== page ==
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    How bad is California’s housing crisis for renters?

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    BY MANUELA TOBIAS

    CalMatters

    Things don’t look great for tenants in California.

    After more than two years, statewide eviction protections are over, and landlords will be allowed to bump up rents on some apartments by as much as 10% come Aug. 1 — the maximum allowed under state law thanks to ballooning inflation rates.

    As with any California housing crisis story, though, it’s complicated. In some cities, the end of statewide eviction laws has meant the start of even stronger local protections, such as bans on evictions over non-payment of rent in Los Angeles and San Francisco.

    And if you’re lucky enough to live in a rent-controlled unit in Los Angeles — which make up about three quarters of the rental stock in the city — rent hikes are also prohibited until at least next summer.

    Confused? So are tenants and landlords.

    On this episode of “Gimme Shelter: The California Housing Crisis Podcast,” CalMatters’ Manuela Tobias and the Los Angeles Times’ Liam Dillon walk through the patchwork of laws with Ari Chazanas, a landlord who manages about 1,000 apartments across Los Angeles, and Kamilah Miller, a child care worker in Antioch in the East Bay who’s long battled housing insecurity..

    “It felt like you almost needed to take a college course breaking down and analyzing what you can do and what you can’t do, and it’s still confusing for the most part,” Chazanas said.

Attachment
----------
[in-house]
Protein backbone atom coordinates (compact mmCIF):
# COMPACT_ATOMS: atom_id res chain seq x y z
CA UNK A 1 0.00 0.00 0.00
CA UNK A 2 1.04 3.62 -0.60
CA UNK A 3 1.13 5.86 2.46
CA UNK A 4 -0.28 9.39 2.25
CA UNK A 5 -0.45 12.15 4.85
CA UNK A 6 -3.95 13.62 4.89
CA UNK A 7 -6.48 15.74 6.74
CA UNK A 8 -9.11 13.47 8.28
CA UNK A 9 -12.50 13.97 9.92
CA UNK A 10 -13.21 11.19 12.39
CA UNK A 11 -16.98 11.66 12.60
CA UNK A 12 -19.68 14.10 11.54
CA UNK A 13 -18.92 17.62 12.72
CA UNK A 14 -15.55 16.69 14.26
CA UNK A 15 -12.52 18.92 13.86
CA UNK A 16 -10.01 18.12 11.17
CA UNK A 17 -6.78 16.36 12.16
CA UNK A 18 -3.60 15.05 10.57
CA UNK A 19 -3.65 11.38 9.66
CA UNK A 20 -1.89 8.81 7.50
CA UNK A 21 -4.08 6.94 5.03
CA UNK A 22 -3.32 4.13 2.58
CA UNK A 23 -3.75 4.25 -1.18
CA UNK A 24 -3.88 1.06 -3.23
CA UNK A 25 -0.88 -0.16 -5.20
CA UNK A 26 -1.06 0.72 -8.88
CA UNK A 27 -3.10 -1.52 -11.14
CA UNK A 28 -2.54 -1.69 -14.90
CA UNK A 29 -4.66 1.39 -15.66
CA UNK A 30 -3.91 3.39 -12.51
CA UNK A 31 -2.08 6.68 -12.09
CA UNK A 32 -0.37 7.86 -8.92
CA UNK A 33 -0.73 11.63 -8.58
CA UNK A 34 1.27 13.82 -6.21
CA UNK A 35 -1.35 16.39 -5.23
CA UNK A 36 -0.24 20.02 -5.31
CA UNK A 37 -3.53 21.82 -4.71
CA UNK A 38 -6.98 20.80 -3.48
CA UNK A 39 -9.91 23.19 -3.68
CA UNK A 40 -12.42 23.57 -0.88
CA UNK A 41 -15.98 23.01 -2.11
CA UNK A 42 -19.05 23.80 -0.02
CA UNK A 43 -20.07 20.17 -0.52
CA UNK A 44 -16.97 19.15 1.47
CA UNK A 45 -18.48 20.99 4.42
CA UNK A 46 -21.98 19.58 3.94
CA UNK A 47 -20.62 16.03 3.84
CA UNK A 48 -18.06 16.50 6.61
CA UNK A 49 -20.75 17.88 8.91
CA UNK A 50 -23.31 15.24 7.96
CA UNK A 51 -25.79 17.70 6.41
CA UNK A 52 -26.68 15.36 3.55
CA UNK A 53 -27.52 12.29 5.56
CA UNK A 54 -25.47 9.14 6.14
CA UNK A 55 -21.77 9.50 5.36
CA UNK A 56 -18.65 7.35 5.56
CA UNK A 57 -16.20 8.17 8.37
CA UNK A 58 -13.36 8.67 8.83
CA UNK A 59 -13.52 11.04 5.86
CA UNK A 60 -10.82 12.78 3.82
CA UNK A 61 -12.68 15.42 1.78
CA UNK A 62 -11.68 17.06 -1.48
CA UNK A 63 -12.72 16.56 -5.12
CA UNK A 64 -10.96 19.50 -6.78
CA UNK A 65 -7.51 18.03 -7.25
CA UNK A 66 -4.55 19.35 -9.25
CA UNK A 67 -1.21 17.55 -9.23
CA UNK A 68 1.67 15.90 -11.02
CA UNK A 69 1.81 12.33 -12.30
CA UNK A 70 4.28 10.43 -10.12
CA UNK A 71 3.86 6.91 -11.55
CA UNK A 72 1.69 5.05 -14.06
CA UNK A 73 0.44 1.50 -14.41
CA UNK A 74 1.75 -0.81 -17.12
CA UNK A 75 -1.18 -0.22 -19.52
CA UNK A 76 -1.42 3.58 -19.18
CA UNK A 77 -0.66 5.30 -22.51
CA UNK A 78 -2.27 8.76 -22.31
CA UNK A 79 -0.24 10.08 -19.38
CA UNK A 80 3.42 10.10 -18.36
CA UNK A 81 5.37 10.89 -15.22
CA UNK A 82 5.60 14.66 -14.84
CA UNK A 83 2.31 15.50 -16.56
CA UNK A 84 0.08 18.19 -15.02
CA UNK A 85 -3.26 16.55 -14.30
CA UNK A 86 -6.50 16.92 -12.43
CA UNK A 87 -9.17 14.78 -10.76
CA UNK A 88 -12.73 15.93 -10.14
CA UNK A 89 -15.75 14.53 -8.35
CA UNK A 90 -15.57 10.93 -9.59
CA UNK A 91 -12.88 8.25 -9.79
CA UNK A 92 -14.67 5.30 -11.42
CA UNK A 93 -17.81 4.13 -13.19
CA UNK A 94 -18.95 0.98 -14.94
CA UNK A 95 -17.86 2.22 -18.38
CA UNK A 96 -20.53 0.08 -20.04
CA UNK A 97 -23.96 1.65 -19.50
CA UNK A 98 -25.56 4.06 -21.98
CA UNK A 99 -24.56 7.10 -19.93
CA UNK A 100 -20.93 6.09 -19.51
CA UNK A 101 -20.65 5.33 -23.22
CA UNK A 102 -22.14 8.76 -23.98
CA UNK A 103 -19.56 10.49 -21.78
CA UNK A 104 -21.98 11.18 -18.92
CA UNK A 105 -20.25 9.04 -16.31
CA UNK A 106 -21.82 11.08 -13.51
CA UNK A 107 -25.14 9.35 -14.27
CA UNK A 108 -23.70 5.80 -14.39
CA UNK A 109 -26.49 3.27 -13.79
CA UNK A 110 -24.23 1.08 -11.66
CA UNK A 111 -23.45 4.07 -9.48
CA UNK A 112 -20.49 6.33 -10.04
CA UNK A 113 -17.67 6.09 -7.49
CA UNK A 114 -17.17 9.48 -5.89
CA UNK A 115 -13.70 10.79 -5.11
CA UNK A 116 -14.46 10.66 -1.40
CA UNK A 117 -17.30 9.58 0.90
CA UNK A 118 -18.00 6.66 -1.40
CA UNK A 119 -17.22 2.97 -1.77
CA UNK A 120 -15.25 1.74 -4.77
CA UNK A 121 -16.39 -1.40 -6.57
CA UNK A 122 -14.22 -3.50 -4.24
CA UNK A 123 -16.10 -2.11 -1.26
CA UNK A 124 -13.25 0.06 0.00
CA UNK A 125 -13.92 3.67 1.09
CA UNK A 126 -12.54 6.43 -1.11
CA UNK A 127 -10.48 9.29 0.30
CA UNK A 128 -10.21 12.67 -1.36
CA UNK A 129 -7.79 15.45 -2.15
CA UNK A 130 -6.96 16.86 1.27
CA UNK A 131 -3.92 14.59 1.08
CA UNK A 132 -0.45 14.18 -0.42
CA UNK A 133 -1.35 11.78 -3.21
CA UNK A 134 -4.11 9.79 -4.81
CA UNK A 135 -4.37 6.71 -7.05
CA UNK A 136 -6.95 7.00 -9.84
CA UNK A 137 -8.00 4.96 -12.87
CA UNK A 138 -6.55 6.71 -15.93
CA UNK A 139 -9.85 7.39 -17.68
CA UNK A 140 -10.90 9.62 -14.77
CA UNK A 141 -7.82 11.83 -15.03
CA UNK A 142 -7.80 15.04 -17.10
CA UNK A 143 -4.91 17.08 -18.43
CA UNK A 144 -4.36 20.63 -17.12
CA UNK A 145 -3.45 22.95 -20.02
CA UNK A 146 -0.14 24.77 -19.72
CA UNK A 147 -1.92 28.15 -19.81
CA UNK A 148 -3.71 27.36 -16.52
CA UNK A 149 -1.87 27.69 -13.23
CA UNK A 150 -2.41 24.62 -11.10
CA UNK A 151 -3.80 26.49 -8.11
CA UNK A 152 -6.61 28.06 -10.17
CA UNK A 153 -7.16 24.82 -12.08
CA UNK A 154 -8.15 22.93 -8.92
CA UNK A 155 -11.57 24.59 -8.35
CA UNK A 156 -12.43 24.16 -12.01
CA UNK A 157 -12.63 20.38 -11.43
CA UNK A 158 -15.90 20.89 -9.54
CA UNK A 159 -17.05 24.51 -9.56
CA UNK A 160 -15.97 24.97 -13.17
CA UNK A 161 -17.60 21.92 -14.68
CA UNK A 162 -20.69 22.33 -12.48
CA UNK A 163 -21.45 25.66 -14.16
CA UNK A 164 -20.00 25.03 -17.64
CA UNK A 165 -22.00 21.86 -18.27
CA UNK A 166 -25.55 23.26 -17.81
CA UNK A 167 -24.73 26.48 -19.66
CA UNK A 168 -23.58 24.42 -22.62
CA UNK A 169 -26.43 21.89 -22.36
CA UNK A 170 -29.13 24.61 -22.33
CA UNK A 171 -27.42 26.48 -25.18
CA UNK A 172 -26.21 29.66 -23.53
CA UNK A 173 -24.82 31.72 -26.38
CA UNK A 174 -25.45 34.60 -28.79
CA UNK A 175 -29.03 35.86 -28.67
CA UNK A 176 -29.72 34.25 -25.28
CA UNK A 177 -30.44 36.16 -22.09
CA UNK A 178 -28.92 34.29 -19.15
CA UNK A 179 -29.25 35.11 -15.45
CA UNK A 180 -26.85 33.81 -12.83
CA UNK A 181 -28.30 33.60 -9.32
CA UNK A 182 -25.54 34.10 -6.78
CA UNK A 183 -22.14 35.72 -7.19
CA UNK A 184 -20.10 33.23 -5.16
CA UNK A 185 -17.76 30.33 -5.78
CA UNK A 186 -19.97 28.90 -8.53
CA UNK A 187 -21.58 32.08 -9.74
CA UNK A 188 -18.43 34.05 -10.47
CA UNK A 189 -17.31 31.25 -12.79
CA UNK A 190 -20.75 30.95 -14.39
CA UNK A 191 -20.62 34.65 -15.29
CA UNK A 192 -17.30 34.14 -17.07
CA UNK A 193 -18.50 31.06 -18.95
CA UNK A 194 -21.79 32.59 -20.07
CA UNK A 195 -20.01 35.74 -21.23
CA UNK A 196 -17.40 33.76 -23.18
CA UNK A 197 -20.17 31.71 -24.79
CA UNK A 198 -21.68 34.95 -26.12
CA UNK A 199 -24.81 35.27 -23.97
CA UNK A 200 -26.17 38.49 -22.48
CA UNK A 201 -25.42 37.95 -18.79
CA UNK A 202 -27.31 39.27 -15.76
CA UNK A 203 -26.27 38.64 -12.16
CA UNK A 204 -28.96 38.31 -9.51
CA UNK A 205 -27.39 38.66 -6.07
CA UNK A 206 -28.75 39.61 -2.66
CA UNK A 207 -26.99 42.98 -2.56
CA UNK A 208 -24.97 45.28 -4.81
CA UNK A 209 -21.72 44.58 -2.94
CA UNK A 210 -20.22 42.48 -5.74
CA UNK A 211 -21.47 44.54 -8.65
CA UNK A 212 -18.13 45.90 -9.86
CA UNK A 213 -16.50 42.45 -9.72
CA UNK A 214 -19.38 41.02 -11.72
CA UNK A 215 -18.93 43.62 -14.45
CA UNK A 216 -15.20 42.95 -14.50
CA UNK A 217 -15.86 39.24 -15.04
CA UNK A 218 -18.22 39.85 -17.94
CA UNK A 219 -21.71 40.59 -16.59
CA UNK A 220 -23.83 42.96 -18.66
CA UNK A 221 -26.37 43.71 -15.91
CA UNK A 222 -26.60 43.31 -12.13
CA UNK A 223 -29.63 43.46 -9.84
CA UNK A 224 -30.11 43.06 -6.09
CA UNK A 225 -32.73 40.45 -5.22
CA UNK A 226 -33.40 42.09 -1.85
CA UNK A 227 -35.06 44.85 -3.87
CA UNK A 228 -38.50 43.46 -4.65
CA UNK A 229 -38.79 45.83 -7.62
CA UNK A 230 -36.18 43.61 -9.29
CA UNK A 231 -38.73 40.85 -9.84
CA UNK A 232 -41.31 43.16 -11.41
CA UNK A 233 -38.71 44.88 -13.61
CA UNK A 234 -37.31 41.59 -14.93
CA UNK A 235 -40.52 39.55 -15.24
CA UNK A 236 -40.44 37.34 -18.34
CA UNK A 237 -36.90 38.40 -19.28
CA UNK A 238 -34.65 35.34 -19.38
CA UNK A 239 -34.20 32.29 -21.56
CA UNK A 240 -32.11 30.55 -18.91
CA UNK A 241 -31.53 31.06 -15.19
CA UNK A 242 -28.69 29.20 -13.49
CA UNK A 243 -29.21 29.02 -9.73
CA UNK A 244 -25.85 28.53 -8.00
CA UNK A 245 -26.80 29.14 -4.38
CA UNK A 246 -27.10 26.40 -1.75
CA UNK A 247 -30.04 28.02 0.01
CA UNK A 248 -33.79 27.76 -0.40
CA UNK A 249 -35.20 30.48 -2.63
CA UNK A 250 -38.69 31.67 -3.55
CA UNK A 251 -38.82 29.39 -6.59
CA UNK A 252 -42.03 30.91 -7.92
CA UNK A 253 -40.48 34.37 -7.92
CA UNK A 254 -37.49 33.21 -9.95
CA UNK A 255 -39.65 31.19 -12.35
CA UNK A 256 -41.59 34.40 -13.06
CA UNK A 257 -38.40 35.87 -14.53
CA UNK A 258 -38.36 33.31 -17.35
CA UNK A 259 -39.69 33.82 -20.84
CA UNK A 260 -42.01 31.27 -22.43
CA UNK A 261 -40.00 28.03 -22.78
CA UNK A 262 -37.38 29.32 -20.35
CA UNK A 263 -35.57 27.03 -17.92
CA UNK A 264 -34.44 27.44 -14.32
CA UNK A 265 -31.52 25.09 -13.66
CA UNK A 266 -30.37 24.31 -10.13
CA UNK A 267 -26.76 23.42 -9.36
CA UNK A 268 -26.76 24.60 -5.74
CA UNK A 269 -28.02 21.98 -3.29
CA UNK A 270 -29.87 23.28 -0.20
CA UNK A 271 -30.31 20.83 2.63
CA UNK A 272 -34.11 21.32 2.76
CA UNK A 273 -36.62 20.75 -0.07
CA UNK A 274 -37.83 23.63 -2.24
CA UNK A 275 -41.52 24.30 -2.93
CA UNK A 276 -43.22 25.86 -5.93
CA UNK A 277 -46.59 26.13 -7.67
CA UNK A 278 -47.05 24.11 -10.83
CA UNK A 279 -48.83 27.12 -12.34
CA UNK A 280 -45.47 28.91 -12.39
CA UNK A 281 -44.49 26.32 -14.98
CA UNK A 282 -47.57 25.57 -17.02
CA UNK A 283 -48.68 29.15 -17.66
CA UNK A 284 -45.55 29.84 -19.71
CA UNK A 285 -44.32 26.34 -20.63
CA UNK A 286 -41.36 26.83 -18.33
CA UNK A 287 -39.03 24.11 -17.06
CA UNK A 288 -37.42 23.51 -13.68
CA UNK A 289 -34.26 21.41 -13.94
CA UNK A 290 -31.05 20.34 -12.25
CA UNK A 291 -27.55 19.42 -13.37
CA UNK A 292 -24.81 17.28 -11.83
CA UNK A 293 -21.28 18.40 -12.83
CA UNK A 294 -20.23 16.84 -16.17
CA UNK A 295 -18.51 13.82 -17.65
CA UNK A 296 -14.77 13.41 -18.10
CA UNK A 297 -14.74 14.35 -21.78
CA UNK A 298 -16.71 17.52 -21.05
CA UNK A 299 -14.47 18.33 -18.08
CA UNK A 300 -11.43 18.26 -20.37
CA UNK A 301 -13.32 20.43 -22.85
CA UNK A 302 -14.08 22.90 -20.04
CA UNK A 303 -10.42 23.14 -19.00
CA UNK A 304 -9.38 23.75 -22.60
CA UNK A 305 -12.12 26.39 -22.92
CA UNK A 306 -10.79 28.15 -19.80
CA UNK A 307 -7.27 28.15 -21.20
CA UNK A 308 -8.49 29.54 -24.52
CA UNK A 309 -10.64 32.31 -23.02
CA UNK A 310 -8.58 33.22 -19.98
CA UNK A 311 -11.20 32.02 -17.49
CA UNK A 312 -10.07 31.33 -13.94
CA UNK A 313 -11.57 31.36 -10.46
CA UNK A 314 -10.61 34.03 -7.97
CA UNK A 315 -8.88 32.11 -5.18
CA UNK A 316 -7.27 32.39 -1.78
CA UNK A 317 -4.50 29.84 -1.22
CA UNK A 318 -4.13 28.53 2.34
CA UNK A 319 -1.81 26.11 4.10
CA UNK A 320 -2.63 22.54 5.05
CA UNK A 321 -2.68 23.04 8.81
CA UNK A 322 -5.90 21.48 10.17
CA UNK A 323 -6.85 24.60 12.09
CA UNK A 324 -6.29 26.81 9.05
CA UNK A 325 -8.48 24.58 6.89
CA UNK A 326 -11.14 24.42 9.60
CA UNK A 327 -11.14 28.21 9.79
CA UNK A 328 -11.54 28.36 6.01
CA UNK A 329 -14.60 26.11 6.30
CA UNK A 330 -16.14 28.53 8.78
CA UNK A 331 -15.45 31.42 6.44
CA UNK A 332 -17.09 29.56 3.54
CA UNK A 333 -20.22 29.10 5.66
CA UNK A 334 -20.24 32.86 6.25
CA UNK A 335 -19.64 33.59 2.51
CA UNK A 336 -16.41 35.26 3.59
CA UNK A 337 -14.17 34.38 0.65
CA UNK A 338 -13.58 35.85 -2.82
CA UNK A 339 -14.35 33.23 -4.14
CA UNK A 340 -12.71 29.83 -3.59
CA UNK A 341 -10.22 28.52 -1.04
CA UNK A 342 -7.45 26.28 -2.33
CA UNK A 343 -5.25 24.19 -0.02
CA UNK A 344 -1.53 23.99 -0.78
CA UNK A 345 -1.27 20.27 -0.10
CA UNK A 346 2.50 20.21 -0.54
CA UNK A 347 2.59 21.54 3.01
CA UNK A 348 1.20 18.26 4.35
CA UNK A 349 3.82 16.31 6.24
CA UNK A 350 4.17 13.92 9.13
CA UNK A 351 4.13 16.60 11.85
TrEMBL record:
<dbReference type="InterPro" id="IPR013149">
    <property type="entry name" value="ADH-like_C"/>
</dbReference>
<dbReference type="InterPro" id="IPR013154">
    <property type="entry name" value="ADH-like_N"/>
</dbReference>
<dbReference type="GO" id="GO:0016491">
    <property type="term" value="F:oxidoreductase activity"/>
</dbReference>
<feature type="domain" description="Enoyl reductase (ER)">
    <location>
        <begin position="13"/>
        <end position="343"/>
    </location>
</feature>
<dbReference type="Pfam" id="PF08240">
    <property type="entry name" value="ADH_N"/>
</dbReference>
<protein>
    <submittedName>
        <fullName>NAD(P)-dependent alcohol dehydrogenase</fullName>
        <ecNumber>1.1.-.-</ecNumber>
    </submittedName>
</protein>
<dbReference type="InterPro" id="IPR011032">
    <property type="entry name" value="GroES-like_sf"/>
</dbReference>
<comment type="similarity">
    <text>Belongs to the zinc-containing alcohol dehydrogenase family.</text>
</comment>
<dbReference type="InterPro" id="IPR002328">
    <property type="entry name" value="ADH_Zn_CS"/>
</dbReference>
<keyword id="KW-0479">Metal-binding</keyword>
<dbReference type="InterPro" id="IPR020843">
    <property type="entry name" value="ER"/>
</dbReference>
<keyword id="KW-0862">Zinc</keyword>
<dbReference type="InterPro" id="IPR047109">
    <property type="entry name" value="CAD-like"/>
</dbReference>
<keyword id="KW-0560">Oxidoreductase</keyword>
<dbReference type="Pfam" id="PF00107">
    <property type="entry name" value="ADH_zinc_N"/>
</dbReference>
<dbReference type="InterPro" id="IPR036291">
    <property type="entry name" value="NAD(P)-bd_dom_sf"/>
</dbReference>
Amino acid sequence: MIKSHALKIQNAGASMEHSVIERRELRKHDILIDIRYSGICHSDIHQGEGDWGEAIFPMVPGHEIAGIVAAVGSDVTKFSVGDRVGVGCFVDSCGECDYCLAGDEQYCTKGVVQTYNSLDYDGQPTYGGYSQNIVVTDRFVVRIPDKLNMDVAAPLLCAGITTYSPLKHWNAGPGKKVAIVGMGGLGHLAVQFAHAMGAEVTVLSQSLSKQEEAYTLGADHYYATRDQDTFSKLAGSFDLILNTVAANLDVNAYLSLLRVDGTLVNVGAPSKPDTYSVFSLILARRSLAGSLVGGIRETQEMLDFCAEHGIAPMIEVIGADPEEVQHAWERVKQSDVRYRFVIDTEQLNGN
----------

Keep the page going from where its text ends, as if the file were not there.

Meanwhile, Miller, one of the hundreds of thousands of tenants helped by the state’s rent relief program, worries about making next month’s rent.

    “I don’t have it coming up,” she said. “I’m not quite sure what we’re going to do next month. And it’s not even next month. We’re counting down the days.”


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    Dotty Pringle
    Dotty Pringle
    16 days ago

    We have property management companies pocketing money and harassing tenants with false maintenance bills, fraud and unlicensed people acting as property nannies to a point of criminal activity. When you force a rent increase by way of promising an improvement and don’t do the improvement….that’s fraud, some property managers are ripping homeowners off during these times too. We really need to audit some of these companies now. Citizens Group to watch
    these companies should be thought of. Property Managers should by law, have their CPM.

    chris
    chris
    19 days ago

    CA is a flagship of unstoppable liberal failure. Fraud is now all in the open as the hot air balloon is rapidly deflating.
    National emarassment really after the black “woman” who doesn’t know what “woman” is has been nominated to increasingly irrelevant scotus by that idiotic chinese fraud.
    And under leadership of chinese assets like clueless pelosi (not even 90 yet))), it is obvious where CA is headed.
    So sorry…

    Last edited 19 days ago by chris
    Sheryl Hamlin
    20 days ago

    Redfin has expanded its website to include rentals as a sign of the times: https://www.redfin.com/rentals

    Also, there are large tracts of single family homes now under construction in Arizona that are going to be for rent, another sign of the times as the sales slump on real estate. A developer can rent the homes for 20 years, pay off his expenses and then sell them and make good money.

    Dotty Pringle
    Dotty Pringle
    16 days ago
    Reply to  Sheryl Hamlin

    Is that the whole tract that has no water available? Was in the news.

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